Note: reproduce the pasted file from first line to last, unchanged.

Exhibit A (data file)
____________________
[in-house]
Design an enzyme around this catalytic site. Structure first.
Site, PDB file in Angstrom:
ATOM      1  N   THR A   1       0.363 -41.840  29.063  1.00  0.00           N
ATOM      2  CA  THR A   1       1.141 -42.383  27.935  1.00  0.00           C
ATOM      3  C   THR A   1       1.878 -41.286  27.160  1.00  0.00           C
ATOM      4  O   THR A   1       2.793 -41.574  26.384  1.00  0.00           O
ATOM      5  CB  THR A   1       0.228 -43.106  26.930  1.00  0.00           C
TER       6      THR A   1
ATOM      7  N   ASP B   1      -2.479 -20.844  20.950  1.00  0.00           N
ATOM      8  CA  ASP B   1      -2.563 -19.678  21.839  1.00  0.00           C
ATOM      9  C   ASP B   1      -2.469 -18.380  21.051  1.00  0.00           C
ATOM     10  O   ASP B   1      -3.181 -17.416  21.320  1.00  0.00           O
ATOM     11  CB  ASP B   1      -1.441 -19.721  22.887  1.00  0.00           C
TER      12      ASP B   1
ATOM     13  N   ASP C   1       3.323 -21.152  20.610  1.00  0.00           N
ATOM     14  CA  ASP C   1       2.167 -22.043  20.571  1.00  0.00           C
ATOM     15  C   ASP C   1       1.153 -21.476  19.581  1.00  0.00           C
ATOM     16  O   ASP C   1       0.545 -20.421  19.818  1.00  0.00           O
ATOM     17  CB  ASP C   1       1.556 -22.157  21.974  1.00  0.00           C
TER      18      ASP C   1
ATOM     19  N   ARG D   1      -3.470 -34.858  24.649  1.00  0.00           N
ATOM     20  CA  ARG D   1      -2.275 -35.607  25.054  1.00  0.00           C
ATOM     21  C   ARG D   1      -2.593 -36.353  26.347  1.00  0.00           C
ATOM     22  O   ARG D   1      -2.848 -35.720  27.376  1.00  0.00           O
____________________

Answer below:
[in-house]
Design an enzyme around this catalytic site. Structure first.
Site, PDB file in Angstrom:
ATOM      1  N   THR A   1       0.363 -41.840  29.063  1.00  0.00           N
ATOM      2  CA  THR A   1       1.141 -42.383  27.935  1.00  0.00           C
ATOM      3  C   THR A   1       1.878 -41.286  27.160  1.00  0.00           C
ATOM      4  O   THR A   1       2.793 -41.574  26.384  1.00  0.00           O
ATOM      5  CB  THR A   1       0.228 -43.106  26.930  1.00  0.00           C
TER       6      THR A   1
ATOM      7  N   ASP B   1      -2.479 -20.844  20.950  1.00  0.00           N
ATOM      8  CA  ASP B   1      -2.563 -19.678  21.839  1.00  0.00           C
ATOM      9  C   ASP B   1      -2.469 -18.380  21.051  1.00  0.00           C
ATOM     10  O   ASP B   1      -3.181 -17.416  21.320  1.00  0.00           O
ATOM     11  CB  ASP B   1      -1.441 -19.721  22.887  1.00  0.00           C
TER      12      ASP B   1
ATOM     13  N   ASP C   1       3.323 -21.152  20.610  1.00  0.00           N
ATOM     14  CA  ASP C   1       2.167 -22.043  20.571  1.00  0.00           C
ATOM     15  C   ASP C   1       1.153 -21.476  19.581  1.00  0.00           C
ATOM     16  O   ASP C   1       0.545 -20.421  19.818  1.00  0.00           O
ATOM     17  CB  ASP C   1       1.556 -22.157  21.974  1.00  0.00           C
TER      18      ASP C   1
ATOM     19  N   ARG D   1      -3.470 -34.858  24.649  1.00  0.00           N
ATOM     20  CA  ARG D   1      -2.275 -35.607  25.054  1.00  0.00           C
ATOM     21  C   ARG D   1      -2.593 -36.353  26.347  1.00  0.00           C
ATOM     22  O   ARG D   1      -2.848 -35.720  27.376  1.00  0.00           O